The Los Angeles Unified School District has changed a controversial policy after it tried to prevent a disabled boy from dancing to a Christian song at a school talent show.
In early February, Superior Street Elementary School principal Jerilyn Shubert told one fifth grader and his parents that the boy's planned performance was too "offensive" because of its Christian elements. The principal said the boy's dance performance to the song "We Shine" was violation of the "separation of church and state" and asked why he couldn't "pick a song that does not say Jesus so many times."
The boy's parents sued the district citing a violation of the boy's First Amendment rights. The school eventually reversed its decision and let the boy perform the song, but parents continued with the suit until the district changed one of its policies. It did. Foxnews.com explains:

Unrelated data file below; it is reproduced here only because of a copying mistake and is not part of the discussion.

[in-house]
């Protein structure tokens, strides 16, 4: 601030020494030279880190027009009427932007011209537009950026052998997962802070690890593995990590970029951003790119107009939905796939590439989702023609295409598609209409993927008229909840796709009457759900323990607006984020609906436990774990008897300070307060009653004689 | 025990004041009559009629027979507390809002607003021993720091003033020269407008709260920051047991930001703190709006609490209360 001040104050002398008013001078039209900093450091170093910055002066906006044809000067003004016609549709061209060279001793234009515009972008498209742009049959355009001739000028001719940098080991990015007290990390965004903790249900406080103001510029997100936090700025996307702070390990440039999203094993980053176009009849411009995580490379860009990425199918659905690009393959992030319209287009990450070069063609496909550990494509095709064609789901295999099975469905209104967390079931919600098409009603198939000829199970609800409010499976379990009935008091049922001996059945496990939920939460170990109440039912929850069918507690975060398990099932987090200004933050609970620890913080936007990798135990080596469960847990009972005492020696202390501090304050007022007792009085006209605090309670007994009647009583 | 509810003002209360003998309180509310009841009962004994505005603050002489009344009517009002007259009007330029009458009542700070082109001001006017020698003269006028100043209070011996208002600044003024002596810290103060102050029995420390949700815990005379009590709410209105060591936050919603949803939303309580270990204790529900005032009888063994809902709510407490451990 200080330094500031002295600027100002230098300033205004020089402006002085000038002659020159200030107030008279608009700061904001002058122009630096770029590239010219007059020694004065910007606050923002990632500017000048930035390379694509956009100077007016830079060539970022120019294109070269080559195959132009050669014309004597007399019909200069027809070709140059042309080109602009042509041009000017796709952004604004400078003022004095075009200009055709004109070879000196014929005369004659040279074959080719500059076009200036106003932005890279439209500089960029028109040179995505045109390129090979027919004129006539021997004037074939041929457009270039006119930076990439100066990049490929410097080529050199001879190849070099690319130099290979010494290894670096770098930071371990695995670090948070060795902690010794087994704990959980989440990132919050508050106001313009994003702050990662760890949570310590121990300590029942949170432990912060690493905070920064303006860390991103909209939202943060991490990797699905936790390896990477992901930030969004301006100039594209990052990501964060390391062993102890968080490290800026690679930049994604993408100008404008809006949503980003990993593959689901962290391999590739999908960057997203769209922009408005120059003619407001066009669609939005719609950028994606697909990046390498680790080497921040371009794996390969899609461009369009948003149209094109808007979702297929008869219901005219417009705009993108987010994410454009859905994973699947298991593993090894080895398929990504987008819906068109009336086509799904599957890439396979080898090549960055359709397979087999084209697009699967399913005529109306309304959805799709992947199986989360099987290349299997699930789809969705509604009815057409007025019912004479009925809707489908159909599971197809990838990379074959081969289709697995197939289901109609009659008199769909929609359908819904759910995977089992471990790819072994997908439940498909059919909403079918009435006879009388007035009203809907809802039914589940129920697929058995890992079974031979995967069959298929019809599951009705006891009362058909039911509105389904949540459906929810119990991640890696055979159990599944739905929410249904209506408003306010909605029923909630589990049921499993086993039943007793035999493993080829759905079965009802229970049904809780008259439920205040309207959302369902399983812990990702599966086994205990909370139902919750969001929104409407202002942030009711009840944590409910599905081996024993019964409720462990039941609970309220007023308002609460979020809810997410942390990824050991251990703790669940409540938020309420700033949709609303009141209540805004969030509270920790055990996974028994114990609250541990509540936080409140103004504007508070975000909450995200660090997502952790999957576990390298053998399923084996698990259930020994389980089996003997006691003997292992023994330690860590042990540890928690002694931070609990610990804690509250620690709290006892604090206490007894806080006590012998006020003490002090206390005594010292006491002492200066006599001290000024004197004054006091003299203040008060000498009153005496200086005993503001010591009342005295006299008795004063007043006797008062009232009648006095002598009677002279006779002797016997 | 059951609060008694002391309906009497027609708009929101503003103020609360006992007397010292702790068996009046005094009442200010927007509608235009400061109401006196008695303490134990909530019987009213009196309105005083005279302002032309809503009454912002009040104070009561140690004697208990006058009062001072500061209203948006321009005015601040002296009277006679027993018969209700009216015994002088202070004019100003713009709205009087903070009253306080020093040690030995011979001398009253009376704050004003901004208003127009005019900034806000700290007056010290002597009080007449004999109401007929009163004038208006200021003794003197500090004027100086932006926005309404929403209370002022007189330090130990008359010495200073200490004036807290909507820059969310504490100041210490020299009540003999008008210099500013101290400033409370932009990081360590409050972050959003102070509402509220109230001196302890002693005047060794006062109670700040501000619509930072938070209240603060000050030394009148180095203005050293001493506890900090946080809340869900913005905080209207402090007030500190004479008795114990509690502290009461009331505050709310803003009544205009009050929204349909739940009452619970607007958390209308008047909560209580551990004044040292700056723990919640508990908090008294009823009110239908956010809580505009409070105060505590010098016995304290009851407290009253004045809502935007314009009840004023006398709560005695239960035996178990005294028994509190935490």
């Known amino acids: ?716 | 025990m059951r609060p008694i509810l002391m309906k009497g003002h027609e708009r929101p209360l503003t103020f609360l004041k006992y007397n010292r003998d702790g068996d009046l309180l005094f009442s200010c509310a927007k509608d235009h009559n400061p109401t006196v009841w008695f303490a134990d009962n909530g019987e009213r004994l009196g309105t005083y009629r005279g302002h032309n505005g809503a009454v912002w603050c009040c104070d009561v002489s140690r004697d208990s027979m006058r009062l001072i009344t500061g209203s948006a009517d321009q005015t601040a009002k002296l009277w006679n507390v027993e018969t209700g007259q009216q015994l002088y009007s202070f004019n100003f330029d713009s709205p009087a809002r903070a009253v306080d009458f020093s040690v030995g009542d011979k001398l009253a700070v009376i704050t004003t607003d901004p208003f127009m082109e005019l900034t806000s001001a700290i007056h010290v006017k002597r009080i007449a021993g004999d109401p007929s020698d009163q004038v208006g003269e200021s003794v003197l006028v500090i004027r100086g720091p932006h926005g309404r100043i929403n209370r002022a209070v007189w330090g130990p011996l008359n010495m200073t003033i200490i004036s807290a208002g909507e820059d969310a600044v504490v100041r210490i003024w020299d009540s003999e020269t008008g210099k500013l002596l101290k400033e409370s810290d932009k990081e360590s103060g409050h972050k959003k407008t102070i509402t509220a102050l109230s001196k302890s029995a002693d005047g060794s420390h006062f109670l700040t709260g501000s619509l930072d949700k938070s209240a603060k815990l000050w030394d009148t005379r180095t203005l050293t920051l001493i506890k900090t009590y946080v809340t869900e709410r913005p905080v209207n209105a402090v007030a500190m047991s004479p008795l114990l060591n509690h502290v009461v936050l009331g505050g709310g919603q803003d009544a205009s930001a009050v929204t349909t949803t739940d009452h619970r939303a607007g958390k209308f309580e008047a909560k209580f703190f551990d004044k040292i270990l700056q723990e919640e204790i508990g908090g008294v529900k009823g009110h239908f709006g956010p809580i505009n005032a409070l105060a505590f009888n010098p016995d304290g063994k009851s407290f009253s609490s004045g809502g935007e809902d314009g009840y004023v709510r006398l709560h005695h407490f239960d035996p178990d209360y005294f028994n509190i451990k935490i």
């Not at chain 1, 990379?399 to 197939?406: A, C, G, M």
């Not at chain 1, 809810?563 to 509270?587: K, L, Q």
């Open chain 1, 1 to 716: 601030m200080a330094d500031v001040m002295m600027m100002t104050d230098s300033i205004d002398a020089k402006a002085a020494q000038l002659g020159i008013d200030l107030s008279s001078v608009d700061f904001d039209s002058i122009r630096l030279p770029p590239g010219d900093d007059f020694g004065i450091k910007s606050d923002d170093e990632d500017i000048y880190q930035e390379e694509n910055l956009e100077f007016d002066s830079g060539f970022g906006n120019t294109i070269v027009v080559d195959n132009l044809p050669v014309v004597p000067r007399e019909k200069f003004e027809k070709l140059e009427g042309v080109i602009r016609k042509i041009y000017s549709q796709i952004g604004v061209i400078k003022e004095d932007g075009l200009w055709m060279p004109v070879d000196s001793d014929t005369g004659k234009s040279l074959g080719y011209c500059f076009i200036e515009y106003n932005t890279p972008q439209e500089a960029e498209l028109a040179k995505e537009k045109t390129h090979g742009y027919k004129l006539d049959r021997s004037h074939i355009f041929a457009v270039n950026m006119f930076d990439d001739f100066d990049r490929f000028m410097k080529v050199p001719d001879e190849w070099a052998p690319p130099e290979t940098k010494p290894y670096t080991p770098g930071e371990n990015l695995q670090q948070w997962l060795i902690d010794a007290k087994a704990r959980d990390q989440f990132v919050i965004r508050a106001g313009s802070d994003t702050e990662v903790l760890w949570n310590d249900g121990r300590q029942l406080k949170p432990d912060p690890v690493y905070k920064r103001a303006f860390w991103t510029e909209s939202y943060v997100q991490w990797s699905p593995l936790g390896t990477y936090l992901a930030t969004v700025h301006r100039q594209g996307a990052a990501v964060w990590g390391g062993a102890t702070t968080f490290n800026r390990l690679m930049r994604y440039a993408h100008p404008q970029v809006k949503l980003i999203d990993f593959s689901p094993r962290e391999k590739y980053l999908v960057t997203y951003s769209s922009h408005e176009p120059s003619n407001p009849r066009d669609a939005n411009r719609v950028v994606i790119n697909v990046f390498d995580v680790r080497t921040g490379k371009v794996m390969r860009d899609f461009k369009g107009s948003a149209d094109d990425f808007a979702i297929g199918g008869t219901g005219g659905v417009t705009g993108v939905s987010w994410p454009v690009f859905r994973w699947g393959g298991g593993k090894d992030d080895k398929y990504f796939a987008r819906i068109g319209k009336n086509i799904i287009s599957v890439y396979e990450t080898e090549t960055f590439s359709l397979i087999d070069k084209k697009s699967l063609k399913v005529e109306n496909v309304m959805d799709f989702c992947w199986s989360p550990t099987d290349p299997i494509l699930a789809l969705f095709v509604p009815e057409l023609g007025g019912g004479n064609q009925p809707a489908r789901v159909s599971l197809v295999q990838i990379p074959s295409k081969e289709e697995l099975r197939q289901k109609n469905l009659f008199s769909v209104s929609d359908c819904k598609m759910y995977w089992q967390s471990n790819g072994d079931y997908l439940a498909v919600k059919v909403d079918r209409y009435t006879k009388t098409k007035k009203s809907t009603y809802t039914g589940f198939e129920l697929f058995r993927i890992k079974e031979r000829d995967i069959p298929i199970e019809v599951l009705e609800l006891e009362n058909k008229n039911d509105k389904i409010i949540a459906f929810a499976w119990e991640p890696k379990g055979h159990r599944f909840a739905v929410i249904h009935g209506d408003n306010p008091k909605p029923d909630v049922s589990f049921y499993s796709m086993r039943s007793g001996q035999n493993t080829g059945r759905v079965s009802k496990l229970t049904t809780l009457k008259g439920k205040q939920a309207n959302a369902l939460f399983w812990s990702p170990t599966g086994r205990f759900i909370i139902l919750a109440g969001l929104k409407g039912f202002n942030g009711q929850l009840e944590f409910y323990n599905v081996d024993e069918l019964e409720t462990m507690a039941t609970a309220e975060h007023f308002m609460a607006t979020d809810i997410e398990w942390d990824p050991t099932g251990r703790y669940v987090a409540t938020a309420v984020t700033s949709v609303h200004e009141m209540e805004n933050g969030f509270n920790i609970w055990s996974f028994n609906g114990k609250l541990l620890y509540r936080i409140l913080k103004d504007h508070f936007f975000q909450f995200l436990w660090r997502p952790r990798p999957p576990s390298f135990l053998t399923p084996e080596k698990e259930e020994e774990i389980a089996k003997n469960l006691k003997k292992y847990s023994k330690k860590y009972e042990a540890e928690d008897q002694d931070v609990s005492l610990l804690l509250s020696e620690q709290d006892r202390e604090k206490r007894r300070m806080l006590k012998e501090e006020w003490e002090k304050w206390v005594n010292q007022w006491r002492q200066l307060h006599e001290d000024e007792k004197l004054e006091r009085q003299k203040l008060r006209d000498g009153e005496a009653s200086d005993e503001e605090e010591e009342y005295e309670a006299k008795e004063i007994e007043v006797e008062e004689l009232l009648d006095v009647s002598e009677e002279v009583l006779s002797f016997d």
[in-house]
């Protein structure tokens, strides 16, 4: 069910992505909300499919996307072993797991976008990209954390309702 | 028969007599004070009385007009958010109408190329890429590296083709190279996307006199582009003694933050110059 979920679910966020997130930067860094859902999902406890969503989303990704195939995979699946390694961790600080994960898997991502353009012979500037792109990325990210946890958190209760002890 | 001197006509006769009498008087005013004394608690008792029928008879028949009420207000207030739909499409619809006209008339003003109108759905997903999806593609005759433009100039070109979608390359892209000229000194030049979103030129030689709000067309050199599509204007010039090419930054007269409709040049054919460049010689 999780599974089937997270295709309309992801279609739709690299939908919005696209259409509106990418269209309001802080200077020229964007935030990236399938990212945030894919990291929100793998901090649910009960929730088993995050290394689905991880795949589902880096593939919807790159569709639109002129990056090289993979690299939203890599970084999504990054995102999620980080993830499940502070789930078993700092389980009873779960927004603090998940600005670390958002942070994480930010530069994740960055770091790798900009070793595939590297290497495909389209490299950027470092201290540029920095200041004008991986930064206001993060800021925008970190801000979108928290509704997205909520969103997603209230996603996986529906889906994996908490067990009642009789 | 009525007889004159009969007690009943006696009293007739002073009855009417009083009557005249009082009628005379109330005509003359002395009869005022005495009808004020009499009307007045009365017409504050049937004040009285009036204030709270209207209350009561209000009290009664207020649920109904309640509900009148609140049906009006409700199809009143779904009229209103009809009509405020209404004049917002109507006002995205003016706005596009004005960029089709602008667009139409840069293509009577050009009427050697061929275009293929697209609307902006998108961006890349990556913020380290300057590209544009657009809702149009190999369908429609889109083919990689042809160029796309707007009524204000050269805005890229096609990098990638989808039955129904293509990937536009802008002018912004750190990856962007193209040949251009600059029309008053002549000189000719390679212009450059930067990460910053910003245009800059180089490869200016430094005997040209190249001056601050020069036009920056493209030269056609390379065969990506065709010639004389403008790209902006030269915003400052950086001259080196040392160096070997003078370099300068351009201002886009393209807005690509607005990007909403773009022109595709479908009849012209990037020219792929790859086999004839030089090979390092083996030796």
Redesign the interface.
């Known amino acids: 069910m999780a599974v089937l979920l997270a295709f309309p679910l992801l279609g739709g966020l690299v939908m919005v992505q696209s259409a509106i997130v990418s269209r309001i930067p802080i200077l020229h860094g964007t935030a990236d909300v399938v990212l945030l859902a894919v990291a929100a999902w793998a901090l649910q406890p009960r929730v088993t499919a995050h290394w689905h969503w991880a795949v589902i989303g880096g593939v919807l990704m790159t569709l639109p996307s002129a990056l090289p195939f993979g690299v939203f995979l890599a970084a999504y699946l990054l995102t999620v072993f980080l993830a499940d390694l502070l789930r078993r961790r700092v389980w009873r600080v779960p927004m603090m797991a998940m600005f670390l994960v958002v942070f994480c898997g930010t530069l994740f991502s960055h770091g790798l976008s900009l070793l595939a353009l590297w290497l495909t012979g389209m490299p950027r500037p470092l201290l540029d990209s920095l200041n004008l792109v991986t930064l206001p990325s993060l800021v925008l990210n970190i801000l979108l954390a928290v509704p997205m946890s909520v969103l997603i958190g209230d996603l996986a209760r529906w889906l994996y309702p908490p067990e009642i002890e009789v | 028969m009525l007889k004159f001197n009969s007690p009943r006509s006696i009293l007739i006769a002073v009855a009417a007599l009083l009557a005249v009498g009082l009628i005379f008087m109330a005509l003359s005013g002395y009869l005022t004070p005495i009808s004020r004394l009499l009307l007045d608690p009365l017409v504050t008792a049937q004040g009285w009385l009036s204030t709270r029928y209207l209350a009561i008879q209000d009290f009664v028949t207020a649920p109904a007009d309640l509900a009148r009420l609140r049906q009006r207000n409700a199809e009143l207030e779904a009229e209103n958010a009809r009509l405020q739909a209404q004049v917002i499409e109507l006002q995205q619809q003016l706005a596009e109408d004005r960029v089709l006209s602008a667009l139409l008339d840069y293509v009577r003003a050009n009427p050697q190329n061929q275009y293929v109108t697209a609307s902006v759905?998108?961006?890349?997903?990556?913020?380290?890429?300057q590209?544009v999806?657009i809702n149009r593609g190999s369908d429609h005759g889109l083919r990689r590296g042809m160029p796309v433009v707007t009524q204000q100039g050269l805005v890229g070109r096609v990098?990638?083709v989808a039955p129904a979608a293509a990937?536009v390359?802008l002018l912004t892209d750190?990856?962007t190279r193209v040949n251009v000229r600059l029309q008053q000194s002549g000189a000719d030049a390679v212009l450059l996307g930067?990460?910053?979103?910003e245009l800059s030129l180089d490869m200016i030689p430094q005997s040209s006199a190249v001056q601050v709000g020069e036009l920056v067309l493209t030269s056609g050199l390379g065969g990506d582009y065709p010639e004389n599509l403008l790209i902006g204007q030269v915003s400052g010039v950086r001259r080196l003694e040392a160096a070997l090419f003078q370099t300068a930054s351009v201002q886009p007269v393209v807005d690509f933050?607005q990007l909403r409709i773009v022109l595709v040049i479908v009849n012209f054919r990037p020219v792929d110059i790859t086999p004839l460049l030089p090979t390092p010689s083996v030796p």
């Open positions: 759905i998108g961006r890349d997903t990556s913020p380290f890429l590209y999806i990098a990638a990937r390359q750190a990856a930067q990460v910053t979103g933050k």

The school district has now agreed to a settlement, revising its District Bulletin to read: “Student speakers at student assemblies and extracurricular activities such as sporting events or talent shows may not be selected on a basis that either favors or disfavors religious speech.”
According to the Daily Mail, the young boy suffers from cerebral palsy.
The Alliance Defense Fund, a Christian legal group that filed lawsuit on the student's behalf, has now filed a voluntary dismissal of the lawsuit in light of the policy change.
“Christian students shouldn’t be censored at public schools just because district officials consider religious speech to be offensive,” said ADF Senior Counsel David Cortman in a statement.
The statement noted that "officials approved the following songs for the show: 'Freak the Freak Out,' focusing on relationship problems, 'Shake It Up,' with the theme of dancing and celebrating, and 'Eye of the Tiger,' with lyrics stating that 'we kill with the skill to survive.'”
“The school district is doing the right thing by changing its policy to protect students’ constitutionally protected rights so that censorship of religious speech no longer occurs during student activities,” Cortman added.